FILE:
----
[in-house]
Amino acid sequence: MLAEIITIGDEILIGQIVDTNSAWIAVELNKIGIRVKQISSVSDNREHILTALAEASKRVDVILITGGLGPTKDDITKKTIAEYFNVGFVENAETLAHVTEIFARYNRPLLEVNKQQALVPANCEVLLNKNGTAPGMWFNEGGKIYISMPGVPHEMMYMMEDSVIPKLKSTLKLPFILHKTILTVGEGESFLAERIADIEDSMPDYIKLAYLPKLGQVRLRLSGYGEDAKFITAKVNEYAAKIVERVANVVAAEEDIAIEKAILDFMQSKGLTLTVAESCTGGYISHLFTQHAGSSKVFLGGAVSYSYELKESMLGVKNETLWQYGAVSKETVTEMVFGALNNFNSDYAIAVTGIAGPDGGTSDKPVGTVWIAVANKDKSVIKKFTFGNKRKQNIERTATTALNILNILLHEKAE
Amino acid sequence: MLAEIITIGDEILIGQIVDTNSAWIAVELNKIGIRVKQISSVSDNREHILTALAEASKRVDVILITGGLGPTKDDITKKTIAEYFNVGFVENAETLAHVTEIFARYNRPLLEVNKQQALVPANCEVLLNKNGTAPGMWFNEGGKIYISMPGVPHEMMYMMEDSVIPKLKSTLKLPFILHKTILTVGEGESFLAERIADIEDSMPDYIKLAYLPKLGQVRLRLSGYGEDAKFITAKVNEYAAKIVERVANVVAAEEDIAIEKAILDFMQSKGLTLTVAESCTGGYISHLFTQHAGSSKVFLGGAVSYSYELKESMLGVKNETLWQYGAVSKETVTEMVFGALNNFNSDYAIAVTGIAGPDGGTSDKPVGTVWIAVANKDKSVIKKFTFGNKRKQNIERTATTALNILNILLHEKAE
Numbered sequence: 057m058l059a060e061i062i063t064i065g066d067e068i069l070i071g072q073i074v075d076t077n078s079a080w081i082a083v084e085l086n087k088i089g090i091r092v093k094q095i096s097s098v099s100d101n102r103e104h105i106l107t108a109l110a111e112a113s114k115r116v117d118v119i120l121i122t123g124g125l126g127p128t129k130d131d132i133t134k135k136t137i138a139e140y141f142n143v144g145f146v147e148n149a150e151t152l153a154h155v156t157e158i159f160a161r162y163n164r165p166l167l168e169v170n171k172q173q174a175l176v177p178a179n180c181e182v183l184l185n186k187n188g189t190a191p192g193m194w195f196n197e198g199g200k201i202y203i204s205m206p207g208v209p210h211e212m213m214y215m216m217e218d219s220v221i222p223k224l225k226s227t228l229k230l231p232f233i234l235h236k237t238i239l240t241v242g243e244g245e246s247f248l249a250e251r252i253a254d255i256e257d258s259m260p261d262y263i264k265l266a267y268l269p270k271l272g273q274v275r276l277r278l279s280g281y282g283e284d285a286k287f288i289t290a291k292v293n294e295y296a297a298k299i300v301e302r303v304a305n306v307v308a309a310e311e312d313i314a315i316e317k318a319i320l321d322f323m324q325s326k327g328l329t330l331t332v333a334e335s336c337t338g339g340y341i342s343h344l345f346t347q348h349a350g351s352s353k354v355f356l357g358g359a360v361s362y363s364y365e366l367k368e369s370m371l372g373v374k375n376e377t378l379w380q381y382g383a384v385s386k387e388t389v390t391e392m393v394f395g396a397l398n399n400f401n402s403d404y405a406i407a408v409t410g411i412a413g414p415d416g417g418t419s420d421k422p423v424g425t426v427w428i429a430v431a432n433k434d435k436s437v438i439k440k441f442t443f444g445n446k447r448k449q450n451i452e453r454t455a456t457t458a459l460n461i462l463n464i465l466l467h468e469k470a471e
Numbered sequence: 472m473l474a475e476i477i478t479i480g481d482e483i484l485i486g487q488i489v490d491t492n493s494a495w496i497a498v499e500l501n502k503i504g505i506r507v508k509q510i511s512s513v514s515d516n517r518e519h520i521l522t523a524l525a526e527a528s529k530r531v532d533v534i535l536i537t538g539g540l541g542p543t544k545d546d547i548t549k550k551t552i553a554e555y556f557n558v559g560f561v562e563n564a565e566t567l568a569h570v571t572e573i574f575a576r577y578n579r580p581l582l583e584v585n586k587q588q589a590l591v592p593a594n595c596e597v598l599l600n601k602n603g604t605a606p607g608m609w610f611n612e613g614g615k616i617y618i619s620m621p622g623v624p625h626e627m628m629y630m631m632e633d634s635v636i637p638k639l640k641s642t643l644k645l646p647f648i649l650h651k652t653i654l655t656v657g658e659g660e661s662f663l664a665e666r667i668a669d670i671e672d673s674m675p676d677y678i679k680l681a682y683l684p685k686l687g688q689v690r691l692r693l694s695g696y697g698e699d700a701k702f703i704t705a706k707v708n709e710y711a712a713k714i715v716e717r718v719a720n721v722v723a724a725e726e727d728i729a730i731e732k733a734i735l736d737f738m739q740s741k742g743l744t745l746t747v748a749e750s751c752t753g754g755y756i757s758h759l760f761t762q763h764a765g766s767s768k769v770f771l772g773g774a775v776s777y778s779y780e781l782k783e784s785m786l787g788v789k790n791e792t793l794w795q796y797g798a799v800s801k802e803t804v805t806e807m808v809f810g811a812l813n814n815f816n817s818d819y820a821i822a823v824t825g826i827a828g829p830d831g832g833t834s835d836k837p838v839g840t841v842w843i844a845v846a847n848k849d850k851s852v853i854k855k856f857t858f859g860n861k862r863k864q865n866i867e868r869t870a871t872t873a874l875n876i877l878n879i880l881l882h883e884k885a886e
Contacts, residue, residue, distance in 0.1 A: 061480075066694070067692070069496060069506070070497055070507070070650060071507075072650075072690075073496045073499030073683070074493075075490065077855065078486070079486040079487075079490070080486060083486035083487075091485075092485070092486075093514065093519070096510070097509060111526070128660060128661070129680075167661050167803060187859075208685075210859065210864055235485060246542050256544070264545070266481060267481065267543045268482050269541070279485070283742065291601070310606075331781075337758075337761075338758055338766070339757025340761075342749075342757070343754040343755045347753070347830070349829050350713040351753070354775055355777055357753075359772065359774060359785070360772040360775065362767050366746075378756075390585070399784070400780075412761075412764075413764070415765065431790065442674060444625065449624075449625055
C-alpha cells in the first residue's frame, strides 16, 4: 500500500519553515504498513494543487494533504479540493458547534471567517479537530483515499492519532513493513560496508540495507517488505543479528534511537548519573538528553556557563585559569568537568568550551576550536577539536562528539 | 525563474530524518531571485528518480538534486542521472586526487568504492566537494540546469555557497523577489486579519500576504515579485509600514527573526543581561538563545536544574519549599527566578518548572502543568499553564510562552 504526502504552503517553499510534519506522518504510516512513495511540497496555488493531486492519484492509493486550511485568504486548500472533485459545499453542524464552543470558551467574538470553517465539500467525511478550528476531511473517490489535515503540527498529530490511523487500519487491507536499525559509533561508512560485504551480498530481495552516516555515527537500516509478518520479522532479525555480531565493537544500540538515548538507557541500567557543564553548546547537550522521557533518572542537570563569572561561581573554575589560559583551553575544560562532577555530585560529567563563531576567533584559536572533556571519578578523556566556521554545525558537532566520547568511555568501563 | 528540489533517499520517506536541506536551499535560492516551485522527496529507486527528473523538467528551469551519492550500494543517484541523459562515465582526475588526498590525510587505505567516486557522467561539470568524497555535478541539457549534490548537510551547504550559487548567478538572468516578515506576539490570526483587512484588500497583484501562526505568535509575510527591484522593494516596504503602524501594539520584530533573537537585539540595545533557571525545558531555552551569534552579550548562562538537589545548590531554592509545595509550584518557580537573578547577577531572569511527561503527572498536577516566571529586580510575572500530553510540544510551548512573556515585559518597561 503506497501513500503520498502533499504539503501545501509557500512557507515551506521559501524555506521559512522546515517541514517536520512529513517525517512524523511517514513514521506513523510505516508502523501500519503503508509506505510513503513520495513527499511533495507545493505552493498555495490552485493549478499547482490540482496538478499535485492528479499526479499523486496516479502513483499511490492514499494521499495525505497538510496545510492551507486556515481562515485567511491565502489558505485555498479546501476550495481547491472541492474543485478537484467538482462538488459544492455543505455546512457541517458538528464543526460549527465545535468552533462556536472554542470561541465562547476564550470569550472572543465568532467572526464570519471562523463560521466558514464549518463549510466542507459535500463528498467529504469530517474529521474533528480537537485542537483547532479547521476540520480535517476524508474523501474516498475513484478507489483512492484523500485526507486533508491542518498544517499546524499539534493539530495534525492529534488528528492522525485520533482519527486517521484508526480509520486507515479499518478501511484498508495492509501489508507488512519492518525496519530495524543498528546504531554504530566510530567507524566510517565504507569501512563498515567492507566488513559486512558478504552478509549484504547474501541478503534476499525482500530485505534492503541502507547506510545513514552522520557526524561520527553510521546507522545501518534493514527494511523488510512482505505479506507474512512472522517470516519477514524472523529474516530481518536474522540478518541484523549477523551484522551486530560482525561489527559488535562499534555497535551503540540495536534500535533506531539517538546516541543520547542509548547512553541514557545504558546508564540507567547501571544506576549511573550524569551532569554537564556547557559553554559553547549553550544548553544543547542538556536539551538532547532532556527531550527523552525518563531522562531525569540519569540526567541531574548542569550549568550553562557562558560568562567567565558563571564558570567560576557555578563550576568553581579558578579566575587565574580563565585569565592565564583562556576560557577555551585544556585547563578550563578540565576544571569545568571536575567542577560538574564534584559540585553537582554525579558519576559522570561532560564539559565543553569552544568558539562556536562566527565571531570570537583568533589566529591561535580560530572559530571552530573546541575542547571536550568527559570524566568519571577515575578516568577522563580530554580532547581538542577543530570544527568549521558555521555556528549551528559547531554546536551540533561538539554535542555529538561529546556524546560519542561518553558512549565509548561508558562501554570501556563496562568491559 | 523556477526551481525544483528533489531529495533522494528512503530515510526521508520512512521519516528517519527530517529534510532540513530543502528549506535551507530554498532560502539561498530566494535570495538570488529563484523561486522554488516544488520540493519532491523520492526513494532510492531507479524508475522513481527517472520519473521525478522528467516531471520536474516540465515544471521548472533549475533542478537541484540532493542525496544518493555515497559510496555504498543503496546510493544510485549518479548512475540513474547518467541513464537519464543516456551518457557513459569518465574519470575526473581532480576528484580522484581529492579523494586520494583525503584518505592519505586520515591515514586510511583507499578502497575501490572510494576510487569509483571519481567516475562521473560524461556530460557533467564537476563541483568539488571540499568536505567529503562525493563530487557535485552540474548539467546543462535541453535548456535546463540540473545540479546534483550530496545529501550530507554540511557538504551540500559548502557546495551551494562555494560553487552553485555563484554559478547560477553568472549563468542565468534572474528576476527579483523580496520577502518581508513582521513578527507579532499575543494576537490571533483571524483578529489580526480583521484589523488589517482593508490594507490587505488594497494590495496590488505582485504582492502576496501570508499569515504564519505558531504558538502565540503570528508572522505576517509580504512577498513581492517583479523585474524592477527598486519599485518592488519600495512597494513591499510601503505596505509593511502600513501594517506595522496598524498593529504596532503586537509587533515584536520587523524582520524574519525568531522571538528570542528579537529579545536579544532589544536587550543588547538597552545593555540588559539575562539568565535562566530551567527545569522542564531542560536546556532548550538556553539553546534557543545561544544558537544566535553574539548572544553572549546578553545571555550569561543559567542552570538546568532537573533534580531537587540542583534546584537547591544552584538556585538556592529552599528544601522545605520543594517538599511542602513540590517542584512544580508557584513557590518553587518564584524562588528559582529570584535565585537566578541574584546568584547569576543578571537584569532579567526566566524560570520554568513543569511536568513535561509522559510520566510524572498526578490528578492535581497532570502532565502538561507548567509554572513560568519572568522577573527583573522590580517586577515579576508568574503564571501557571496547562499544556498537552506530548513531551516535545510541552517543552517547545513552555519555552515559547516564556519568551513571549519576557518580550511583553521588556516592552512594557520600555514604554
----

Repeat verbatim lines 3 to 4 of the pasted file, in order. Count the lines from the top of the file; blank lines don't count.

Amino acid sequence: MLAEIITIGDEILIGQIVDTNSAWIAVELNKIGIRVKQISSVSDNREHILTALAEASKRVDVILITGGLGPTKDDITKKTIAEYFNVGFVENAETLAHVTEIFARYNRPLLEVNKQQALVPANCEVLLNKNGTAPGMWFNEGGKIYISMPGVPHEMMYMMEDSVIPKLKSTLKLPFILHKTILTVGEGESFLAERIADIEDSMPDYIKLAYLPKLGQVRLRLSGYGEDAKFITAKVNEYAAKIVERVANVVAAEEDIAIEKAILDFMQSKGLTLTVAESCTGGYISHLFTQHAGSSKVFLGGAVSYSYELKESMLGVKNETLWQYGAVSKETVTEMVFGALNNFNSDYAIAVTGIAGPDGGTSDKPVGTVWIAVANKDKSVIKKFTFGNKRKQNIERTATTALNILNILLHEKAE
Numbered sequence: 057m058l059a060e061i062i063t064i065g066d067e068i069l070i071g072q073i074v075d076t077n078s079a080w081i082a083v084e085l086n087k088i089g090i091r092v093k094q095i096s097s098v099s100d101n102r103e104h105i106l107t108a109l110a111e112a113s114k115r116v117d118v119i120l121i122t123g124g125l126g127p128t129k130d131d132i133t134k135k136t137i138a139e140y141f142n143v144g145f146v147e148n149a150e151t152l153a154h155v156t157e158i159f160a161r162y163n164r165p166l167l168e169v170n171k172q173q174a175l176v177p178a179n180c181e182v183l184l185n186k187n188g189t190a191p192g193m194w195f196n197e198g199g200k201i202y203i204s205m206p207g208v209p210h211e212m213m214y215m216m217e218d219s220v221i222p223k224l225k226s227t228l229k230l231p232f233i234l235h236k237t238i239l240t241v242g243e244g245e246s247f248l249a250e251r252i253a254d255i256e257d258s259m260p261d262y263i264k265l266a267y268l269p270k271l272g273q274v275r276l277r278l279s280g281y282g283e284d285a286k287f288i289t290a291k292v293n294e295y296a297a298k299i300v301e302r303v304a305n306v307v308a309a310e311e312d313i314a315i316e317k318a319i320l321d322f323m324q325s326k327g328l329t330l331t332v333a334e335s336c337t338g339g340y341i342s343h344l345f346t347q348h349a350g351s352s353k354v355f356l357g358g359a360v361s362y363s364y365e366l367k368e369s370m371l372g373v374k375n376e377t378l379w380q381y382g383a384v385s386k387e388t389v390t391e392m393v394f395g396a397l398n399n400f401n402s403d404y405a406i407a408v409t410g411i412a413g414p415d416g417g418t419s420d421k422p423v424g425t426v427w428i429a430v431a432n433k434d435k436s437v438i439k440k441f442t443f444g445n446k447r448k449q450n451i452e453r454t455a456t457t458a459l460n461i462l463n464i465l466l467h468e469k470a471e